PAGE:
It is a bit confusing, though: sometimes “ham” doesn’t come from Old Norse at all — sometimes it comes from the Old English word for “homestead”. And a lot of the examples are even more complicated like that. The Old English of the Anglo-Saxons (who ruled much of England at the same time the Vikings did) shared the same linguistic roots with Old Norse — some of the words are so similar that it’s not entirely clear which one is responsible for the modern version. In some cases, it’s probably both. For instance, they both used a word like “dale” to refer to valleys. And a thousand years later, we do too. Neighbourhoods like Riverdale, Rosedale, Willowdale and Bendale all echo the Vikings and the Anglo-Saxons.

Sometimes, their words got mashed together, too. So, for instance, to name one city in the Danelaw, they took the Old English word for hill — “dun” — and then added the Old Norse ending “holme”. Over the years, “Dun Holme” gradually morphed into “Durham”. Today, that’s what the city and the county are both called. And when Upper Canada’s first Lieutenant Governor, John Graves Simcoe, was looking for names for the new counties he was creating in Canada, he chose to name them after counties back home in England. Including Durham. So a thousand years after the Vikings first named their city “Dun Holme”, we still call the land to the east of Toronto “Durham Region”.

Durham Region, in turn, is home to Whitby — which has another Old Norse suffix: “by”, which was the Viking word for “settlement”.

And some examples are even more clear-cut.

Sometime back around the year 1000, the Vikings are thought to have established a new trading post on the coast of Wales. They named it after their King — Sweyn Forkbeard — who may even have founded the city himself. They added on an Old Norse suffix — “ey” for “island” or “inlet” — so the name of the city was essentially the Viking word for “Sven’s Island”. Over the next few centuries, it became “Sweynesse”, “Sweyneshe”, “Sweyse” and, eventually, “Swansea”. And more than 800 years after the death of King Forkbeard, a man from Swansea moved to Toronto. He purchased the local bolt works company and renamed the business after his hometown. Eventually, the name was used to describe the whole area. Today, we still call the neighbourhood to the west of High Park “Swansea” in honour of a Viking King most of us have never even heard of.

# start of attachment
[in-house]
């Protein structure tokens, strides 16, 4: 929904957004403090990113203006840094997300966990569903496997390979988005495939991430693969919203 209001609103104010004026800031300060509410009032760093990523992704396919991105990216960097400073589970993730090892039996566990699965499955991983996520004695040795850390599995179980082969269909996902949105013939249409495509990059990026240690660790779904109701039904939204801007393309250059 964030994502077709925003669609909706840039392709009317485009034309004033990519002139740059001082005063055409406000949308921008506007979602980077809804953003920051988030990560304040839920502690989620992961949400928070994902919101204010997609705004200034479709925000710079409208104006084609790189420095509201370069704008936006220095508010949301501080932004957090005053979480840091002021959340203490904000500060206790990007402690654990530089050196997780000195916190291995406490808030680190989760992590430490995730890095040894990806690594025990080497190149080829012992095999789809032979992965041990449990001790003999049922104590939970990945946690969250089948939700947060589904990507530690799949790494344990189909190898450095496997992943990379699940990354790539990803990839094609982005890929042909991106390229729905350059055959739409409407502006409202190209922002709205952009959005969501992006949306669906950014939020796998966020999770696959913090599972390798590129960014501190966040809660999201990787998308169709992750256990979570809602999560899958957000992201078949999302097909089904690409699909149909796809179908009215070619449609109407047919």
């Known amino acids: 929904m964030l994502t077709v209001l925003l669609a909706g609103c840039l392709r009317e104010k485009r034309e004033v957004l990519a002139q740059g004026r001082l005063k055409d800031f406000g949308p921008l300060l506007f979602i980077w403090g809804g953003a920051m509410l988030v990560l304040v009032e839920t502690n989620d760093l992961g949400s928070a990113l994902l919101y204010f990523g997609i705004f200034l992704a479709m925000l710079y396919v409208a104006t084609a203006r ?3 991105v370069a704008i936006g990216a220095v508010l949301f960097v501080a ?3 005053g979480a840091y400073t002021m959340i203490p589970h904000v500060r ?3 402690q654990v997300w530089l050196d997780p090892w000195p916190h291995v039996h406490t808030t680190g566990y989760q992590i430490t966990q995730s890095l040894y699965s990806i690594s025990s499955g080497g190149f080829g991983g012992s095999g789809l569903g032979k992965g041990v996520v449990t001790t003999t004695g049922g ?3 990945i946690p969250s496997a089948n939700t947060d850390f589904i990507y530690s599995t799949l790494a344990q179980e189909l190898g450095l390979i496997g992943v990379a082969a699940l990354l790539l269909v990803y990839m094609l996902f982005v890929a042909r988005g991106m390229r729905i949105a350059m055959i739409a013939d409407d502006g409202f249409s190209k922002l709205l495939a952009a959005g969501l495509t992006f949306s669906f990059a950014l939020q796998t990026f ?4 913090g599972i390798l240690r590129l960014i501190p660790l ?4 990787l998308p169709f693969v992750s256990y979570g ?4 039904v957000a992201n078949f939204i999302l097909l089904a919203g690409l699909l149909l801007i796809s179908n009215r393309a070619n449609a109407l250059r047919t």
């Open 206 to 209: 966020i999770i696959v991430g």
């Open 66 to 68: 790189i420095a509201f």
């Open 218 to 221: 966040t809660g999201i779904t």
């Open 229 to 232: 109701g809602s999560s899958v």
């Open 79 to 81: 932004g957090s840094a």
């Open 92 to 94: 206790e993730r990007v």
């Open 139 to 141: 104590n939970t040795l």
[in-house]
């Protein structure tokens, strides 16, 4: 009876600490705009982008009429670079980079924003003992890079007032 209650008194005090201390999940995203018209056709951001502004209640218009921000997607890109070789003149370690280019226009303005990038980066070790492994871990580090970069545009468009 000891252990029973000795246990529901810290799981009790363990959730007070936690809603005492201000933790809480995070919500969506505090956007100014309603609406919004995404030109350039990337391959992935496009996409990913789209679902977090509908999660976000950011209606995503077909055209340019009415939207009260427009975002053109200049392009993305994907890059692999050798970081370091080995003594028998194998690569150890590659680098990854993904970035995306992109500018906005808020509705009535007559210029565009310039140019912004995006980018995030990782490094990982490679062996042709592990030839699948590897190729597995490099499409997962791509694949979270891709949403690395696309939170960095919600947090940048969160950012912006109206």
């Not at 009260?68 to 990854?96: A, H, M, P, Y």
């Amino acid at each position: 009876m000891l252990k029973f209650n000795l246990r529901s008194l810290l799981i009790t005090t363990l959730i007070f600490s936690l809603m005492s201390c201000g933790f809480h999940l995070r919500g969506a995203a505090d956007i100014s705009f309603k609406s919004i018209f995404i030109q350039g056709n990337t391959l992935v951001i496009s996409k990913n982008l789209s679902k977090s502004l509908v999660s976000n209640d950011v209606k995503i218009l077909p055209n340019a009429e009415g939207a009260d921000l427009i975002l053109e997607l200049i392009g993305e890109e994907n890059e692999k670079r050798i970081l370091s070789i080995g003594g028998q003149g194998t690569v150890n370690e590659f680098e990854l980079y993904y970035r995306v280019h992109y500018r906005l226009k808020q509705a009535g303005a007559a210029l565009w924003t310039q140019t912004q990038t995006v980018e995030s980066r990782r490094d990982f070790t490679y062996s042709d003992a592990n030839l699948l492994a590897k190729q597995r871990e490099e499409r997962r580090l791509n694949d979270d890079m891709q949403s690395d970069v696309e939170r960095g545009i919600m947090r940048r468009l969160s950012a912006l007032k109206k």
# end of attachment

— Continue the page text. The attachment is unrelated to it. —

But the most striking example might be this one:

According to one of the ancient Icelandic Sagas, there was once a Viking raider and poet by the name of Thorgils Skarthi The Hare-Lipped. Around the year 966, he decided to move across the North Sea for good and establish a new settlement on a harbour near the towering limestone cliffs of the north-east coast of England. He named the new town after himself, calling it Skarthi’s stronghold: Skarðaborg. He was eventually driven out by the Anglo-Saxons and the new town was burned down. But when it was rebuilt years later, the name stuck.

Centuries after that, when Governor Simcoe came to Toronto to build his own stronghold on the harbour he found here, his wife came with him. Elizabeth Simcoe was struck by the beauty of this place — including the towering white bluffs to the east of the new town. They reminded her of the same limestone cliffs where Thorgils Skarthi The Hare-Lipped had once built his stronghold. So she christened the bluffs here with the modern version of the same word he used in England. That was the same word we still use to describe the vast expanse of land above those bluffs — the whole eastern half of our city.

Scarborough. Skarðaborg. Skarthi’s Viking stronghold.


Photo: The Cuerdale Viking silver hoard at the British Museum

A version of this post originally appeared on the The Toronto Dreams Project Historical Ephemera Blog as part of the Dreams Project’s recent tour tracing the history of Toronto in the UK. You can find more sources, links and related stories there.